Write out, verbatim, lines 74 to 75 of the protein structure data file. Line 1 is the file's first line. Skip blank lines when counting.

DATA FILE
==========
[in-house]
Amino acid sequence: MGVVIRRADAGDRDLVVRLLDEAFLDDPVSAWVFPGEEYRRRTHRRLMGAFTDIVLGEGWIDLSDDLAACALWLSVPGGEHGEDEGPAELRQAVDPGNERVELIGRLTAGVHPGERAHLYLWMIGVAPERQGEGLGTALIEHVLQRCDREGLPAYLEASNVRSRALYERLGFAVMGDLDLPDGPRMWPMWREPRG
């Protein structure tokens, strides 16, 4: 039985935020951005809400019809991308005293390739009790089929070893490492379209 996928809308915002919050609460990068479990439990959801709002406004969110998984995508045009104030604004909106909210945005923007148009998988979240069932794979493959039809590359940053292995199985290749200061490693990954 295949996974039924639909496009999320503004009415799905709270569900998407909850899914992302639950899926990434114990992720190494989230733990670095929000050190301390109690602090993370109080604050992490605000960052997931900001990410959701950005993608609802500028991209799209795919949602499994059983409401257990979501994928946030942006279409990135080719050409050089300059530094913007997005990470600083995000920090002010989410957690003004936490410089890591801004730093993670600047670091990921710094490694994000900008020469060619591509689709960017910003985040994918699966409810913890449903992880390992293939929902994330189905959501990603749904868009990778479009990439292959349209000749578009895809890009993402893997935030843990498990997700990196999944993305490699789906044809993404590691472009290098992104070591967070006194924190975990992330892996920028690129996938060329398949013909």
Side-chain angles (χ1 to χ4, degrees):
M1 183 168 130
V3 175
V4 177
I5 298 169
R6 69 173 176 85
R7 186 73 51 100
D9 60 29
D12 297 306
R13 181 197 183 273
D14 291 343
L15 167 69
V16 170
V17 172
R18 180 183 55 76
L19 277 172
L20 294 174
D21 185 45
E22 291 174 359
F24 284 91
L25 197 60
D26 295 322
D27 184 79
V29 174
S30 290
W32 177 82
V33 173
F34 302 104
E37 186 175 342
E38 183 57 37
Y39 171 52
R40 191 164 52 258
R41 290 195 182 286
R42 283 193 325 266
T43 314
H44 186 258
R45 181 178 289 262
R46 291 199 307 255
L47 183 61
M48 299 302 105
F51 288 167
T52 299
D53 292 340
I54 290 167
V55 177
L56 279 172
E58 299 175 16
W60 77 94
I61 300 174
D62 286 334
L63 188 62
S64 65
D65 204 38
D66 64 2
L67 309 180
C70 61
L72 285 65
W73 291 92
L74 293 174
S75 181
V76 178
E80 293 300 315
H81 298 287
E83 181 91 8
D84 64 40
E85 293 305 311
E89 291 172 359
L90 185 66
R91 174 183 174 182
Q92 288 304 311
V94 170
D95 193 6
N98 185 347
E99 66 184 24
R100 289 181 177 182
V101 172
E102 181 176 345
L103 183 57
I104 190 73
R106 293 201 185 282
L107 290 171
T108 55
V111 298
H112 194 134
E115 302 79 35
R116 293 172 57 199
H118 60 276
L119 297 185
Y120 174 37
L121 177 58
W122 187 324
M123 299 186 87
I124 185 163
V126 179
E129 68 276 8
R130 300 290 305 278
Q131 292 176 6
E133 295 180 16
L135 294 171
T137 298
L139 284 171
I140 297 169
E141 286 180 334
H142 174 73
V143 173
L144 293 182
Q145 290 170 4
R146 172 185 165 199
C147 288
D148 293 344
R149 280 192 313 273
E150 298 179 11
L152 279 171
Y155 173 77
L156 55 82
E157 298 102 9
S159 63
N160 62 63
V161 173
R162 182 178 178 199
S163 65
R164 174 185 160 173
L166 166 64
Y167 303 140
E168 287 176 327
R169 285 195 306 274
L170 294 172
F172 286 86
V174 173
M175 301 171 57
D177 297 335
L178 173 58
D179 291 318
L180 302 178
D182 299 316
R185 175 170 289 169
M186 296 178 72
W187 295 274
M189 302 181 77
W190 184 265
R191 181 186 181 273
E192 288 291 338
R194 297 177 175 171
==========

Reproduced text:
V94 170
D95 193 6